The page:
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The Prospects and Pitfalls of 1325

Kanya D'Almeida

UNITED NATIONS, Oct 21 2010 (IPS) - Ten years after the Security Council issued its landmark resolution 1325, designed to address the “disproportionate and unique impact of war on women”, U.N. officials and international human rights advocates say it is high time the principles it espouses move from paper to reality.

Their press conference at U.N. headquarters Thursday was also the culmination of Global Open Day – a U.N. initiative to synthesise proposals and conversations held in 27 conflict-affected countries from June to September this year.

“The objective was to put in mind that it’s been a good decade now that we’ve been pushing for this,” said Anne Marie Goetz, chief advisor of Governance, Peace and Security at UNIFEM, “and it shouldn’t have to take a formal occasion to encourage women’s voices to be heard, at all times, in all decision-making. [We] must get straight to a new start in the new decade. Women count for peace.”

Resolution 1325 is ambitious, comprehensive and far- reaching. It is the first resolution to formally address the particular atrocities that women endure in wartime, and to acknowledge women’s indispensible role in conflict resolution and post-war peace building.

It also recognises the need for participation of women in justice and security sector reforms, as well as provisions for safeguarding the land rights, employment and economic security of women.

Yet on the 10th anniversary of 1325, women’s participation in international and local peace building efforts remains disgracefully low.

According to reports from the ‘Say No – UNiTE’ campaign, less than eight percent of peace negotiators are women; less than three percent of post-conflict spending is dedicated to women; and only 14 women in the world currently hold positions as heads of state.

“When you look at the global trend,” Nepali human rights adovocate Mandira Sharma told IPS, “there has been only a minimum improvement in women’s leadership positions – in that regard there is no reason to celebrate.”

Sharma is executive director of the Advocacy Forum, an organisation that has played a leading role in defending the rights of civilians caught between the brutalities of the Nepali government and the Maoist insurgents.

Harassment, threats and pressure notwithstanding, Sharma and her team of 50 human rights lawyers continue to fight for victims of torture, sexual abuse and enforced disappearance.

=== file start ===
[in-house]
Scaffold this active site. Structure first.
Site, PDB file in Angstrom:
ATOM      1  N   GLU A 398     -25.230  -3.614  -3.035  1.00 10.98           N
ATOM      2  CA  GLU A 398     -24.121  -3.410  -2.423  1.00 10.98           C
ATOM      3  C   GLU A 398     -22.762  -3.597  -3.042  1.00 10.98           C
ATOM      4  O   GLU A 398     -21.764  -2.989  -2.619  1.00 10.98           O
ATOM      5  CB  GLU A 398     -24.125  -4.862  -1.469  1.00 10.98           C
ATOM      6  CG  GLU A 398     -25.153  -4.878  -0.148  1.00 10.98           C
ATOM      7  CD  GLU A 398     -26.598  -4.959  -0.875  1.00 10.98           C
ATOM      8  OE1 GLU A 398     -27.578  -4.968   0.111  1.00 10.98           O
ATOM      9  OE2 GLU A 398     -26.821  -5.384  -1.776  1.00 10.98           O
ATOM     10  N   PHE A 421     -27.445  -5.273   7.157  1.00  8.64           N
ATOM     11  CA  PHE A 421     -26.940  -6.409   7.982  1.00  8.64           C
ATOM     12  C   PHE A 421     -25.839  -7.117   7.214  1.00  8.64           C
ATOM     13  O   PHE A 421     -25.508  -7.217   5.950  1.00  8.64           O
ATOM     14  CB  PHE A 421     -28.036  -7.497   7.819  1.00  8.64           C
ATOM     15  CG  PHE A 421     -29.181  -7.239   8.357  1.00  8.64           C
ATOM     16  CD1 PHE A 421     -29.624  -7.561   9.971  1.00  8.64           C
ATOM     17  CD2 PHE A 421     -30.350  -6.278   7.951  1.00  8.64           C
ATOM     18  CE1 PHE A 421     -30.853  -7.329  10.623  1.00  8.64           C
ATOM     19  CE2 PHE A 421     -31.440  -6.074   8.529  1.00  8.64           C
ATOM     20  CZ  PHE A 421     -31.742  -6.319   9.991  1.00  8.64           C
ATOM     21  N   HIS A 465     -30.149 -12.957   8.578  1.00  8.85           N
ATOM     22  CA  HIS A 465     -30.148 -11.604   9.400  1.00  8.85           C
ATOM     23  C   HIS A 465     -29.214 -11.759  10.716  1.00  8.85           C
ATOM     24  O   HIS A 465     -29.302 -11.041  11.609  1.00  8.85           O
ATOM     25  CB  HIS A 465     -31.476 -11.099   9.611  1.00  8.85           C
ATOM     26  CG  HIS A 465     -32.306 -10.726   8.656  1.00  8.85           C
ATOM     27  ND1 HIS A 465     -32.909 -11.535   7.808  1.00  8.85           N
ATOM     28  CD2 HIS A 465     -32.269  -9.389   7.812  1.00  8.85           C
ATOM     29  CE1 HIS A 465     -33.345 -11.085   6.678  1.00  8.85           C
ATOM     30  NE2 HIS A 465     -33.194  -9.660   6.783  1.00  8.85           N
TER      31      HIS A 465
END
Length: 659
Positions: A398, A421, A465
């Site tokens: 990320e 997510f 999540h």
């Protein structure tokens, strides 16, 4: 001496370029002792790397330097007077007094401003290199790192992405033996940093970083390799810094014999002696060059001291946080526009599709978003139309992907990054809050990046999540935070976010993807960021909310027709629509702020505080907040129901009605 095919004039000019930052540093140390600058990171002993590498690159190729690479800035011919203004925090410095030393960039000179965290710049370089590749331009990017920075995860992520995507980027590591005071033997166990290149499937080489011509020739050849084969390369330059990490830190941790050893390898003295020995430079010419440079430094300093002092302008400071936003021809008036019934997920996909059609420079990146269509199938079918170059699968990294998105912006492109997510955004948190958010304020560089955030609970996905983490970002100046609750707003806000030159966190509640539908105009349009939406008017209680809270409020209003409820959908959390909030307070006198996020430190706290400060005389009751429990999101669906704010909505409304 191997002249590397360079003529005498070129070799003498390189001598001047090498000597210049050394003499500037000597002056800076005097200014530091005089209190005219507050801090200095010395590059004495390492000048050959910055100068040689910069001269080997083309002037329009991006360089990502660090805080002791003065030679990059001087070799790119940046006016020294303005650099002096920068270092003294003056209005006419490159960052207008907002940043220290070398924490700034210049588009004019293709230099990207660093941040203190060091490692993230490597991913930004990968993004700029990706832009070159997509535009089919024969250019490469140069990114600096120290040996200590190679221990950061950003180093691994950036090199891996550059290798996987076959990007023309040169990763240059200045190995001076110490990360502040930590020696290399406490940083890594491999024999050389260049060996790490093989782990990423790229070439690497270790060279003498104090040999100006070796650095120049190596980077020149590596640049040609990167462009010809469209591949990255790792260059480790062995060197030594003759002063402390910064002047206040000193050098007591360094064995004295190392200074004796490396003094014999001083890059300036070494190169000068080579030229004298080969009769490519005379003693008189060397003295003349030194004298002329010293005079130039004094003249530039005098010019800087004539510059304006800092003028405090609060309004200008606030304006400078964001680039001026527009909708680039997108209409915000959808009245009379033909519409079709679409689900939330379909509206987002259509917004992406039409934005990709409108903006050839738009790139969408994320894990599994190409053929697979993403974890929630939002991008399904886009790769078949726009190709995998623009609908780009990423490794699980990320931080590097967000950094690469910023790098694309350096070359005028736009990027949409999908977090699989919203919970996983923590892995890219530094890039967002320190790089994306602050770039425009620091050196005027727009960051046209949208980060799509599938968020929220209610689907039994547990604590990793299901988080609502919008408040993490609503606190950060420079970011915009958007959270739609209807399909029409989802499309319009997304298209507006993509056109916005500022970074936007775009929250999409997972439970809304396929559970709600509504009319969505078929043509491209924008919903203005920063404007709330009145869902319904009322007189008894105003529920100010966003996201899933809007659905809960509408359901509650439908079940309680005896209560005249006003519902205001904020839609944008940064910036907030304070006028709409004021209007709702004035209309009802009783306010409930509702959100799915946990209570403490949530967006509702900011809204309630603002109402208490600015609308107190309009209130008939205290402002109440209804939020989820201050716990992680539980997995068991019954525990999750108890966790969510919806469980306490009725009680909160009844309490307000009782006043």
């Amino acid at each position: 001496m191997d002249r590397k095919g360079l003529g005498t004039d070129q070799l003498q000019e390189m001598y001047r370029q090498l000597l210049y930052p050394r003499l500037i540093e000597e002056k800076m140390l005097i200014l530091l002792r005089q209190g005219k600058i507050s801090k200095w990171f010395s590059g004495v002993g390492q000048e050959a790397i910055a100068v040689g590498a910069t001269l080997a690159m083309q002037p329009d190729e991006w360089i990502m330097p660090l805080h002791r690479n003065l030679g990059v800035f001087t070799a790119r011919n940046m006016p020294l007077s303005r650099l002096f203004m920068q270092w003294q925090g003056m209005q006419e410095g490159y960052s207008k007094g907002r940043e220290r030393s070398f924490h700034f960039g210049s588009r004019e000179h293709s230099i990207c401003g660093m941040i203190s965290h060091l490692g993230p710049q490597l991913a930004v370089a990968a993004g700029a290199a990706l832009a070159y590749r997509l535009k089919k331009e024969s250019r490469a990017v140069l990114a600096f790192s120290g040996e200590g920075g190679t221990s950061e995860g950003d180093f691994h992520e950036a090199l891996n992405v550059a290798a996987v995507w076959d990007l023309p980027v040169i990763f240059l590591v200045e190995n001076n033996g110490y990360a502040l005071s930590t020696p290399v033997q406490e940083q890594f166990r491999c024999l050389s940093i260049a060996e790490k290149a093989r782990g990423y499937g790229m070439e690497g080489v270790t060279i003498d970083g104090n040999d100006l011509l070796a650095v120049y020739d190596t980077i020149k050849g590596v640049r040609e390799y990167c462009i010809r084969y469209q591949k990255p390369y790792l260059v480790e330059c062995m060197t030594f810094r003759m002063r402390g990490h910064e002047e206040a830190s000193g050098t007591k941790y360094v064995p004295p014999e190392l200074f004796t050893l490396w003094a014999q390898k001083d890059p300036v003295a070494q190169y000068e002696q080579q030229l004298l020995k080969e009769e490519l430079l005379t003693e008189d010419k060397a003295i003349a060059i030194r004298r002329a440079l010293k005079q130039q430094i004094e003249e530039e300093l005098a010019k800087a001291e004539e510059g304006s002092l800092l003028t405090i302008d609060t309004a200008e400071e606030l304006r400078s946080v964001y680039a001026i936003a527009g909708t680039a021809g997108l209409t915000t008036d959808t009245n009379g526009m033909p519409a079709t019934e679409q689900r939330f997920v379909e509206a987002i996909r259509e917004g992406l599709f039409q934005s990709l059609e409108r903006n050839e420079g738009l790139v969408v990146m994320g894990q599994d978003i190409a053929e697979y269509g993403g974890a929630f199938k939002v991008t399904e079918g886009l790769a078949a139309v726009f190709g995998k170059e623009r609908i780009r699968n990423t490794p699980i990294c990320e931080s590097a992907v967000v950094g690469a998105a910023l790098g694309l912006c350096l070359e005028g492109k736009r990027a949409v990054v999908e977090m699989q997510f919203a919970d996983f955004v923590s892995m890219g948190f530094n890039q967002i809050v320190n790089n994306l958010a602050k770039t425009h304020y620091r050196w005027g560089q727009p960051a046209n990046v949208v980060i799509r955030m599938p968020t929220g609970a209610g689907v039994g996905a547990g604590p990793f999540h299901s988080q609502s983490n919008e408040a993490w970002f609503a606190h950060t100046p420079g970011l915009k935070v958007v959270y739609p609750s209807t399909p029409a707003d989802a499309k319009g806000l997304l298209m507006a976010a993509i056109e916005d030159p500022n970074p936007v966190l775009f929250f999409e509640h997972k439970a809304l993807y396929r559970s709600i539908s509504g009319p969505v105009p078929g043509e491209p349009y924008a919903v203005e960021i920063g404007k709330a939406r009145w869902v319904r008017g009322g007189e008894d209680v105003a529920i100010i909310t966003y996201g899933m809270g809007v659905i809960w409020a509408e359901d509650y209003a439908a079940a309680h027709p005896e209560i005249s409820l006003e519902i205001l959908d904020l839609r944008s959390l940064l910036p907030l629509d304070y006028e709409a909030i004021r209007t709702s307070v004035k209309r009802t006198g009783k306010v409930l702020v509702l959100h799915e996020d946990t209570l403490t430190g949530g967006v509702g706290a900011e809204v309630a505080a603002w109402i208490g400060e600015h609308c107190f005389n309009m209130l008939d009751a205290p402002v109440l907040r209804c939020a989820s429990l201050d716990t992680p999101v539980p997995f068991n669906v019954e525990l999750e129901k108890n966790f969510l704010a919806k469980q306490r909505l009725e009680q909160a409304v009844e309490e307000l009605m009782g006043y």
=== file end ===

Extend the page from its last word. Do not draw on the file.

Sharma is a woman on the front lines of struggle, yet despite her forthright admission of the resolution’s limitations thus far, she remains hopeful of its potential.

“I think 1325 is a very important tool for activists like us on the ground to push for the agenda of women in peace negotiations,” Sharma told IPS. “It opens up the discourse in a whole new way and this is really wonderful.”

“One of the major problems with implementation is member states. You cannot throw the ball into their court. The U.N .is accountable – it is a Security Council resolution, after all,” she noted.

“The fate of most South Asian countries is that our governments do not take seriously the recommendations of the U.N. So we need the U.N. to be more vocal, to take more concrete measures and to force the member states to implement the commitments they make at a national level,” Sharma said.

Unfortunately, the U.N. in turn is severely hampered by a lack of funding and inadequate local institutional support. Addressing a press conference Wednesday on the latest “State of World Population” report, Barbara Crossette highlighted several blocks to implementation at the local level.

“It’s easy to sit in New York and say okay, we have 1325, we have post-conflict plans, we have action plans, we have everything. But I always think of the line that was handed back to me by an African woman. I said, ‘Your country has resolution 1325’ and she said: ‘Show me.'”

For many observers, the horrific conditions in which women around the world continue to languish cannot wait years to be resolved. Others, like Safaa Elagib Adam, secretary general of the Community Development Association in Khartoum, are more patient, placing faith in the slow but steady turning of the tide.

“Resolutions like this are very important at the grassroots level,” Adam told IPS, stressing that 1325 is a mechanism, rather than a solution, in the process of achieving equal participation of women at the national and international level of peace building.

“Even without a national platform to ensure its implementation, 1325 is affecting the Sudanese government and women are using it as a tool to approach the negotiations table,” she said.

Adam was one of the founding members of the Community Development Association, an organisation that works for sustainable peace in Darfur at both the grassroots and national levels. The group also works with IDPs, women and youth on improving their livelihood and achieving economic stability through vocational trainings and workshops.

As a woman activist living in the thick of a conflict zone, her testimony goes a long way in assessing the condition of 1325.

“Unfortunately, I have to confess that the dissemination and awareness of 1325 is very low,” she told IPS. “During the Abuja Peace Talks, I had a chance to meet with members of various factions. They do not believe in 1325. They believe that peace talks are a political issue only for men. That is their mentality.”

“But little by little, as there is more recognition of 1325, men are reluctantly agreeing to recognise women as part of the negotiating process.”

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